Announcements are coming in that some universities are also considering removing statues, renaming buildings and replacing mascots as part of a larger call by the country to change systemic racism and injustice.

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“As I have said many times before, Columbia University is not innocent of the racist structures that have befallen America,” Columbia President Lee C. Bollinger said in an email Wednesday. “There’s a lot more to do.”

Other higher education institutions, including Cornell University and University of Pennsylvania celebrate June 19 as a “day of reflection,” while Georgetown and Drake have announced that June 19 will continue to be recognized as a holiday of the year.

“Facing the challenges of this moment, I hope this day will be a time to reflect and re-engage with the work of racial justice,” Georgetown President John J. DeGioia wrote.

Peaceful marches and gatherings saw calls for activism against racial inequality

Addressing reporters Friday at the June 12th event in Tulsa, Oklahoma, Reverend Al Sharpton said people should use this holiday to celebrate, as well as celebrate, the independence of enslaved blacks.

“It reminds us that it’s been almost three years since the emancipation was signed so that people in Texas would even know slavery was over. And even after that, we went through 100 years of Jim Crow. And when we were there after that we couldn’t.” I don’t vote, “Sharpton said.” And now we are in an era where we are treated differently, even in a pandemic of health differences, inequalities in criminal justice and police. “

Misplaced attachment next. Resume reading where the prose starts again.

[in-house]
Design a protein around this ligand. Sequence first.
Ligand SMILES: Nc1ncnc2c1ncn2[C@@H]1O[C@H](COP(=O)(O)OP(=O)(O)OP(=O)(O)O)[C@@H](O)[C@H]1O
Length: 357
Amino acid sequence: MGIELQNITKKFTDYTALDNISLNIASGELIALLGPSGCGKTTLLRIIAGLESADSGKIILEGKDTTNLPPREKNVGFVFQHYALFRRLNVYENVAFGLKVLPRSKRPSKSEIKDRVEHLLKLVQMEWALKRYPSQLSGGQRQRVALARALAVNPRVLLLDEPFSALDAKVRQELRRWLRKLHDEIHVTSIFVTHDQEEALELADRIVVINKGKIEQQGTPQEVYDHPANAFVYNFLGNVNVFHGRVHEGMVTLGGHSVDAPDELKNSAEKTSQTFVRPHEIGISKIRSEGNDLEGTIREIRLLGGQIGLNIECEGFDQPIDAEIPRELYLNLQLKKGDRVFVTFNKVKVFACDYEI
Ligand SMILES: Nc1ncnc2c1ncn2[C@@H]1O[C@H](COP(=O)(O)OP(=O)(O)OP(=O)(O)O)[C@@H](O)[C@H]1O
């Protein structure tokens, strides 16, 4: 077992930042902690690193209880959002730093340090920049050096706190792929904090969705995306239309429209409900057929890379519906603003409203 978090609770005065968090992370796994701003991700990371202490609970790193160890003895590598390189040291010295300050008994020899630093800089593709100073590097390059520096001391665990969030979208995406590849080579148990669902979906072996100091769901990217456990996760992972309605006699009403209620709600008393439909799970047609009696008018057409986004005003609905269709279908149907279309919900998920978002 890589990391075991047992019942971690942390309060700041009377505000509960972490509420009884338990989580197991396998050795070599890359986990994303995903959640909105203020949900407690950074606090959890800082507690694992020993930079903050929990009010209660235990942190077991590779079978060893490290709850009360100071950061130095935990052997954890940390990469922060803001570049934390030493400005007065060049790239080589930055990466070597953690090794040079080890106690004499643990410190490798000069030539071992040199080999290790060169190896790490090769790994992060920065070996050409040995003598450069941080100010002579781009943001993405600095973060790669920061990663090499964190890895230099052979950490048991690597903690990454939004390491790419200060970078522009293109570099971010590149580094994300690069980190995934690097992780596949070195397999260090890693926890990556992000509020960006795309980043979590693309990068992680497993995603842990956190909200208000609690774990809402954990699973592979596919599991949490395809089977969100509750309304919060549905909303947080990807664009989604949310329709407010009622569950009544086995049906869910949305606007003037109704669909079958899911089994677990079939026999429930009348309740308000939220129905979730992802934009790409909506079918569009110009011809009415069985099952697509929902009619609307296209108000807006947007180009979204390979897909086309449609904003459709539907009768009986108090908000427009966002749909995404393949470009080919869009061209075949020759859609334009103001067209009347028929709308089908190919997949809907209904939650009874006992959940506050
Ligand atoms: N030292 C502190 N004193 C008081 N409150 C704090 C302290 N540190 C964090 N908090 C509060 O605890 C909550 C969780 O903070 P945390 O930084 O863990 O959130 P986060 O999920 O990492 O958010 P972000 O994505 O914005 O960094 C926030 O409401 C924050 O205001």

People are marching through the streets during a June 16 event organized by the One Race Movement in Atlanta, Georgia.

In Chicago, Illinois Gov. Bill Pritzker and U.S. Sensor Dick Durbin and Tammy Duckworth joined hundreds of people marching through the city’s neighborhoods, surrounded by signs with photos of George Floyd.

Earlier Friday, Pritzker Tweeted that he worked together with the National Assembly on “true reform of the criminal justice system, a thoroughly designed version of the work of the police, sustainable investment in black communities.”

In Washington, D.C., citizens gathered near the intersection of 14th Street and U Street for musical performances, speeches, jumping competitions, and more. Songs calling for a series of reforms were heard, including fair pay, equal access to food and redistribution of police funds, said Brian Todd of CNN, who reported from the crash site.

    People pray together during the event, which takes place on June 16, at the century-old Olympic Park in Atlanta, Georgia.

Protesters in Los Angeles could be heard talking not only about the historical significance of June 14, but also about the fact that the date is marked when slaves in Texas discovered they were free in 1865, despite declaring emancipation two and a half years earlier,

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Speakers at the rally could be heard “talking about taking control of their communities, ownership of their communities, and also … about changing the relationship between the police and these neighborhoods,” Stephanie Elam told CNN.

CNN’s Elizabeth Stewart, Sheena Jones and Hollie Silverman contributed to this report.